Google, Random House Close To Book Search Deal
Random House maybe closer to joining Google’s book search project, something the world’s largest publisher has been opposed to in the past.
The two companies have been in talks about Google’s book-scanning project according to Reuters. A Random House spokesman who was asked about a possible agreement said, "Random House continues to have periodic constructive conversations with Google on issues of mutual relevance."
Random House is a member of the American Association of Publishers and says it still supports a U.S. copyright case filed against Google in 2005 that is being funded by the association.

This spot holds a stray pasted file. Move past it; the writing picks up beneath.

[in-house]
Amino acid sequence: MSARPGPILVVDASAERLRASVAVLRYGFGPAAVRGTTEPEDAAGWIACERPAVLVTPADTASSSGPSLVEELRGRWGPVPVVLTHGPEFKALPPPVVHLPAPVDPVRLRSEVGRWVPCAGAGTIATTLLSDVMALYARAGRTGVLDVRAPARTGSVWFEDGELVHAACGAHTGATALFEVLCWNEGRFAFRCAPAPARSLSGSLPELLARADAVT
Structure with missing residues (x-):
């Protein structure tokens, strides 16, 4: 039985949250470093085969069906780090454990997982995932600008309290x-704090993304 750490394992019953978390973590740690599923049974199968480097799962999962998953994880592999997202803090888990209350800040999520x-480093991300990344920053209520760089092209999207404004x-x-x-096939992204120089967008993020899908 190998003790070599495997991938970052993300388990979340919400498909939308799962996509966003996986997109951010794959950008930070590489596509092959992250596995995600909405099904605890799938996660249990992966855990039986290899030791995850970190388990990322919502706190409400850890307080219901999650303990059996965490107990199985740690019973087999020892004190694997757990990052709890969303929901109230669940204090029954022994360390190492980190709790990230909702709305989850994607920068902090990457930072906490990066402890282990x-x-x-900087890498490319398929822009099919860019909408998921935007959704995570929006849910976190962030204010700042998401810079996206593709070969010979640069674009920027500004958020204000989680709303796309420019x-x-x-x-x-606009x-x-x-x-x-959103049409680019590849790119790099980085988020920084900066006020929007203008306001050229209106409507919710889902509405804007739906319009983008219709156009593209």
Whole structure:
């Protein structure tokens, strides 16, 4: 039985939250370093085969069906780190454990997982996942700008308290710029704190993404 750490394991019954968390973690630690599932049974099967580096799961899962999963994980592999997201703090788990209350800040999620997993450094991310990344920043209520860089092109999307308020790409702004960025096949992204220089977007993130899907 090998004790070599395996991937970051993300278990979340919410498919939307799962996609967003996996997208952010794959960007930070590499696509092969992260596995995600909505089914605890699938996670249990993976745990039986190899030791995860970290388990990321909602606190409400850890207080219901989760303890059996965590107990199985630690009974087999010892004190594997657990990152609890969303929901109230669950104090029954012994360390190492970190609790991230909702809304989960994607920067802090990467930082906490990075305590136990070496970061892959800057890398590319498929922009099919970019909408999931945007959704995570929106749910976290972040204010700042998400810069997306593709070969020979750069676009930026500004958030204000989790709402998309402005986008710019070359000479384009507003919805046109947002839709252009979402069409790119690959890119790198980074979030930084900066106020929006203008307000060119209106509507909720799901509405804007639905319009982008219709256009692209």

The suit comes from Penguin, Pearson, McGraw-Hill, Wiley and Simon & Schuster and asks to stop Google from scanning in copyright books it receives from its library partners without explicit permission from publishers.
Google has partnered with over 10,000 publishers who provide books to Google to be entirely scanned. Google make the books partially available to online readers under the agreements with each publisher.
Google has scanned the complete text of more than 1 million books. The total number of books in the world is not known, but WorldCat, a global library collective has 91 million bibliographic records in its database.